Cardboard Recycling

Recycling is a vital part of helping ensure that our world stays clean and free of excess trash and debris. Everyone can do their part to help recycle, and it doesn't just have to consist of aluminum soda cans or glass bottles. In fact, cardboard can also be recycled, and Americans go through several tons of this thick, brown board-like paper every year without even realizing it. As a good steward for the environment, you can do your part by recycling cardboard, which is an easy way to help out.

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There are two basic types of cardboard: flat and corrugated. Flat cardboard can be anything from cereal to macaroni and cheese boxes. Corrugated cardboard is usually much thicker, with a layer of folded cardboard in between, and is often used for packages. First, you'll want to sort out your cardboard and separated by flat and corrugated. You will also want to be sure the type of cardboard you're choosing is actually able to be recycled. Sometimes, waxed cardboard is not accepted, as well as some forms of the heavier, corrugated type. Check with your local recycling center and find out which forms of cardboard are able to be brought in for recycling.

  • How to Recycle Cardboard – Simple, step-by-step directions for recycling cardboard.
  • Quick Tips – A quick list of things to keep in mind, as well as a recycler locator at the top of the page.
  • Paper Recycling Basics – This page includes all sorts of information about recycling, even other forms of paper.
  • Corrugated Cardboard – More in-depth information about recycling corrugated cardboard.
  • How-To Guide – A good example of how to recycle cardboard in your own neighborhood.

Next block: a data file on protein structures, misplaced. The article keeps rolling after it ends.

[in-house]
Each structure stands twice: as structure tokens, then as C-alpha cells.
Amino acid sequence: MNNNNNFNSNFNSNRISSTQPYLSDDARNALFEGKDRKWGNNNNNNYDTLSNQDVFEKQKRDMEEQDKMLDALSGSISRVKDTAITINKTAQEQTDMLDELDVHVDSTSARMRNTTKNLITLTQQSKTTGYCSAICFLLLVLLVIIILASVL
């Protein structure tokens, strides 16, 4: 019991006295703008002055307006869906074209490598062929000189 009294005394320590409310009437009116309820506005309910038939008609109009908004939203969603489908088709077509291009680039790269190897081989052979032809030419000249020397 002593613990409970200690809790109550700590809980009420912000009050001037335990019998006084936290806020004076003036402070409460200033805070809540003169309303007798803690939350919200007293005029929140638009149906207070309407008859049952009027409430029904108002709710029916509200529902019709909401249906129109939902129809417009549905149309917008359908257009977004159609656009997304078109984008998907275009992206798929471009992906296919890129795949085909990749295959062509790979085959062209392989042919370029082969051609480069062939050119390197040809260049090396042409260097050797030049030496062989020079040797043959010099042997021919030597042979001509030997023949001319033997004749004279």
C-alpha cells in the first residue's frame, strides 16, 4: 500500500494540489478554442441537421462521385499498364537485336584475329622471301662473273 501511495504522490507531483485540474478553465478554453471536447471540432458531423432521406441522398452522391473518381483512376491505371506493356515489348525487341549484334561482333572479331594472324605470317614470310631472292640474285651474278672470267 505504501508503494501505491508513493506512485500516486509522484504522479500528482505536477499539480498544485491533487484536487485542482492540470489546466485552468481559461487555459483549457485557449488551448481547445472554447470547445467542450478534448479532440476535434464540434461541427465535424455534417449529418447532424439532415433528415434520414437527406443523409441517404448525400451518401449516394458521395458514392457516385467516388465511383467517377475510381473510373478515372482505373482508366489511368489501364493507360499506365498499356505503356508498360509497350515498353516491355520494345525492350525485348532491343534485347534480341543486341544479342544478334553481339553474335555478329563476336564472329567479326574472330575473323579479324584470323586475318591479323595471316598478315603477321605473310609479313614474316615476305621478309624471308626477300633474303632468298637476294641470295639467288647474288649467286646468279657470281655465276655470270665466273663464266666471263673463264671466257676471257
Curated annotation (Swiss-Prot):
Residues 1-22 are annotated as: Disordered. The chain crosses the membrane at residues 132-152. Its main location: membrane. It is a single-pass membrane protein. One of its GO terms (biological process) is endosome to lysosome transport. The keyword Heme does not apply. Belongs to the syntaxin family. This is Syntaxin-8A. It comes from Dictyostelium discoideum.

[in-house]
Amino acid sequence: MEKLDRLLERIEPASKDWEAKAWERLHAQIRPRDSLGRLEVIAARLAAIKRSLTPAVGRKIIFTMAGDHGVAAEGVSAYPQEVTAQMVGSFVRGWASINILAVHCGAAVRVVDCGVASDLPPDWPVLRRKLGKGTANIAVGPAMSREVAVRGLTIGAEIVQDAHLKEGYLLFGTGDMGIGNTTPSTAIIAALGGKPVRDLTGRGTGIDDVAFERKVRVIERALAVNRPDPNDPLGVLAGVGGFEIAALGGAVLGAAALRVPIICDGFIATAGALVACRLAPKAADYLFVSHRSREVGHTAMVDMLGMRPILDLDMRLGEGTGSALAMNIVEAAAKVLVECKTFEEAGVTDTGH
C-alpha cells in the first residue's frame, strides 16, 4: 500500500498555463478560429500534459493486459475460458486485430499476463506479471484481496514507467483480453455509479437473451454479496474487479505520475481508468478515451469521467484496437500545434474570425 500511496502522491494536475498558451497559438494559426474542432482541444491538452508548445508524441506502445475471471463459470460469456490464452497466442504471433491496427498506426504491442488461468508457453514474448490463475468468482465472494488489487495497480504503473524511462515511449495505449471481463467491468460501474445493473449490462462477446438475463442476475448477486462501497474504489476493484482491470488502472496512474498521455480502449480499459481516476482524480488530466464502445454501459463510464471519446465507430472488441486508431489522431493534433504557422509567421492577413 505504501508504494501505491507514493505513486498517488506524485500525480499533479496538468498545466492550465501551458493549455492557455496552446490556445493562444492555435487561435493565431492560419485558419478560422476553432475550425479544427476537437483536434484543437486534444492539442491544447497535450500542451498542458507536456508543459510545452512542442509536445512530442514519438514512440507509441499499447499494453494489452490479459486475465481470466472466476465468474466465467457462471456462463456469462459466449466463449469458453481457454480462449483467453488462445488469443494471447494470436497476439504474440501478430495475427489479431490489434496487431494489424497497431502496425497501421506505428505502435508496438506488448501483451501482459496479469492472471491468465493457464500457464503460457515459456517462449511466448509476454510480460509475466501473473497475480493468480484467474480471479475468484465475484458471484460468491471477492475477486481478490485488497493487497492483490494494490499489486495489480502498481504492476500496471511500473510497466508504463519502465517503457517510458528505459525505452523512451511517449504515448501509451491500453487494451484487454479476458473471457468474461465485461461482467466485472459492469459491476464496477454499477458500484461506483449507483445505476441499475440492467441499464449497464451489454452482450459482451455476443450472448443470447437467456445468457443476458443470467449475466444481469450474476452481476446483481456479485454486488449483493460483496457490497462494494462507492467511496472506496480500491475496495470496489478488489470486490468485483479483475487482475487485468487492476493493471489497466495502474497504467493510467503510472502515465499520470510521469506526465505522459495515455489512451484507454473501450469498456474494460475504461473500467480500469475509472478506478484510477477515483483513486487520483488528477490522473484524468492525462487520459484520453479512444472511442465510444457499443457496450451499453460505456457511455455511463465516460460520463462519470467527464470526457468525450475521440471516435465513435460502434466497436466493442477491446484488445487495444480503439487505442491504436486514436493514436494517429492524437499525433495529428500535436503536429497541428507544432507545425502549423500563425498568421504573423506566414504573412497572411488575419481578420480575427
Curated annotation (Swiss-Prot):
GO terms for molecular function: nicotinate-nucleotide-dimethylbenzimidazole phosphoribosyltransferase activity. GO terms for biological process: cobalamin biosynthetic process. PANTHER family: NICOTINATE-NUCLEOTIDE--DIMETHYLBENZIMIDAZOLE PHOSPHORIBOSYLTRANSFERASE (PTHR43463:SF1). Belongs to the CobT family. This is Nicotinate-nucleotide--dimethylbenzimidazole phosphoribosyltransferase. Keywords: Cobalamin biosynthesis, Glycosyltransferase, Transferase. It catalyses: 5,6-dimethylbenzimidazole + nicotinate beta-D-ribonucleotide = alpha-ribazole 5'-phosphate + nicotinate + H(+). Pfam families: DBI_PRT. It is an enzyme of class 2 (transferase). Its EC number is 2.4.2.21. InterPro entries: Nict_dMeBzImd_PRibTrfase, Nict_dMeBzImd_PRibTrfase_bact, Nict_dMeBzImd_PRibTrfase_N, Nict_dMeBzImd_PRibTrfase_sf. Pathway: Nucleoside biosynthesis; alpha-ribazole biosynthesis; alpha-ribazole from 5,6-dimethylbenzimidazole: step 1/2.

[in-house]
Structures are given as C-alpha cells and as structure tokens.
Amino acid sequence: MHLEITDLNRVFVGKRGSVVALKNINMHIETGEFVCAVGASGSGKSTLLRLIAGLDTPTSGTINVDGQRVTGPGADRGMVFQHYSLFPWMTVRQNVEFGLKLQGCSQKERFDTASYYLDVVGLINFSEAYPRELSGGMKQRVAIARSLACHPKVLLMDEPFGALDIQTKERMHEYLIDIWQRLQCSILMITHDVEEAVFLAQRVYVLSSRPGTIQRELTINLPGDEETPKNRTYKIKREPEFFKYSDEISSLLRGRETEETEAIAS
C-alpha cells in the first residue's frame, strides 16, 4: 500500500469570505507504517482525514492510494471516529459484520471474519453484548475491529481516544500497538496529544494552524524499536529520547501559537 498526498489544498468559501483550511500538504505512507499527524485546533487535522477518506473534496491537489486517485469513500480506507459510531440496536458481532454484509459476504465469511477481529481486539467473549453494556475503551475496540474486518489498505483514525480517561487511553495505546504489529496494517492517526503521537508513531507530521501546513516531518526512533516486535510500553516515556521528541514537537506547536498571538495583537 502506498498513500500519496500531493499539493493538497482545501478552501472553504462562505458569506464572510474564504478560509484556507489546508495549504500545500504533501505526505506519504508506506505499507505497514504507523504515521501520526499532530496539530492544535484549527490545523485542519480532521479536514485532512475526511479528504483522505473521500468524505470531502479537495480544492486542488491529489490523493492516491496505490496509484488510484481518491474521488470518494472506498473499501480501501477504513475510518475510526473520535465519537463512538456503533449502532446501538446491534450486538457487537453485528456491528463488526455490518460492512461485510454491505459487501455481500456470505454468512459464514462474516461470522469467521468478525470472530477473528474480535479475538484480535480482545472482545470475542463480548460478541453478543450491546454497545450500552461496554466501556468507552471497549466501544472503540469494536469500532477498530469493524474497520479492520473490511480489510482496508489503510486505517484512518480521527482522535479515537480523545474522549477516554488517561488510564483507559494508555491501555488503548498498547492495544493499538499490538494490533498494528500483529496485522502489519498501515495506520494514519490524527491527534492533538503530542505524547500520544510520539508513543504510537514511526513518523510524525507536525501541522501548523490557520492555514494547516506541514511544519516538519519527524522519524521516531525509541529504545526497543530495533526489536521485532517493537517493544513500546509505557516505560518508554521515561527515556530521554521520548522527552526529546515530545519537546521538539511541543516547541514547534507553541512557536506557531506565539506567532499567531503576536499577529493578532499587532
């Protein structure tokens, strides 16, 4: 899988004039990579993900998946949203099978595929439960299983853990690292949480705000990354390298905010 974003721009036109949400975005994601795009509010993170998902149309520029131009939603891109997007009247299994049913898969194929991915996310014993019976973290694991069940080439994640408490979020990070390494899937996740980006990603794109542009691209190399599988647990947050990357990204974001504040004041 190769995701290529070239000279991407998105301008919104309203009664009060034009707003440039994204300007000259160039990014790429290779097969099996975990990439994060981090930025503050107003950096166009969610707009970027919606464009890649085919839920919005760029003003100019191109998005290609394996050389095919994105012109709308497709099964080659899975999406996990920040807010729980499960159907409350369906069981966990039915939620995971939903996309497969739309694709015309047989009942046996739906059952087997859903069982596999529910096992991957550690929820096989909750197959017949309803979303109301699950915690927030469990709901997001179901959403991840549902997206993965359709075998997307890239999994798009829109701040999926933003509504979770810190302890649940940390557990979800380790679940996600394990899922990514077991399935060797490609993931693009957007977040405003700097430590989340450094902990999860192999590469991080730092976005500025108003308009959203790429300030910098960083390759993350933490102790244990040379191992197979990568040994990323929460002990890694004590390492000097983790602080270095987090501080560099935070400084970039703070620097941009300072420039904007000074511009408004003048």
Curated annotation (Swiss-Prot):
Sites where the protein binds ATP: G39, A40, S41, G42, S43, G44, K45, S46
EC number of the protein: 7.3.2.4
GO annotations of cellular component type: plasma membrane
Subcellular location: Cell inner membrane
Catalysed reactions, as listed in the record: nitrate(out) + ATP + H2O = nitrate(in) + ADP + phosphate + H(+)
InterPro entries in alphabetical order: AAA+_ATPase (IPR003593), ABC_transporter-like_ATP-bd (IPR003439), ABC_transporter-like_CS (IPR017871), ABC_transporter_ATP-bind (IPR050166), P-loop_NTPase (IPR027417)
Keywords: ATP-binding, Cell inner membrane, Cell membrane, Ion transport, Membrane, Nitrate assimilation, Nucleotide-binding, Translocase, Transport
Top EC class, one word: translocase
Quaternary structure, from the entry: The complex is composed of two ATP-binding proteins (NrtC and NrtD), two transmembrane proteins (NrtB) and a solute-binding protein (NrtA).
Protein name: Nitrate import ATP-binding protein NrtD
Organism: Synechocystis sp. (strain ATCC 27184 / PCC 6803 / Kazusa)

Locating a Recycling Center

Most localities have their own recycling facilities, however this is not always the case. Sometimes, you may have to enlist the help of local businesses, and partner up with them in your cardboard recycling efforts. Since most large and small companies have an influx of cardboard coming in and out, they'd probably be glad to assist you with your own recycling. If not, you'll want to find out where you can drop off the cardboard, or schedule someone to come by and pick it up. Some cities offer cardboard recycling as part of their overall programs, so call your city and find out more information.

  • Find a Center – Enter your zip code to find a recycling center near your home.
  • Paper/Cardboard – Select cardboard to the right of the screen, and then enter your zip code to find a local center.
  • Recycling in Your Community – Another site that offers a find-a-center service.
  • Locating a Center – Some advice on how to find a center, as well as what they usually accept.
  • iRecycle – This handy iPhone application lets you find a drop off place or recycling center, no matter where you are.

Process in Which Cardboard is Recycled

You may wonder what happens once you drop your cardboard off to the recycling center. First, the center will make sure it has been sorted properly. If not, it gets sorted before going on to the next step, which is heading to the mill, where it begins a pulping process. This turns the cardboard into a mushy substance. Wood chips are sometimes added to give it more structure. This new mixture is used for linerboard, which is the interior structure of cardboard. The linerboards are glued together, forming layer after layer of paper until a new piece of cardboard is formed. Then, the cardboard is shaped and printed for use with other things. These newly recycled cardboard things can vary from packing boxes to frozen entrees.

  • Recycling Process – This page explains the process of recycling cardboard.
  • How & Tips – A brief explanation of how cardboard is recycled, as well as some helpful tips.
  • Recycling Process – Describes where the cardboard comes from, where it goes, and the process.
  • Cardboard & Other Materials – A brief overview of how cardboard is recycled as well as other materials.
  • Facts – This article contains facts, uses, and the significance of recycling cardboard boxes.

How Cardboard is Re-used

The cardboard that is taken to the recycling center can have a myriad of different uses once it's been recycled. Packing boxes are very common, as well as food containers that you see in the grocery store. Other uses now include art and furniture, as more people are finding new ways to use this material. Some people keep cardboard boxes to serve as organizers in their homes, or even a reusable trashcan. Artists enjoy cardboard as well, since it is very easy to work with and is durable.


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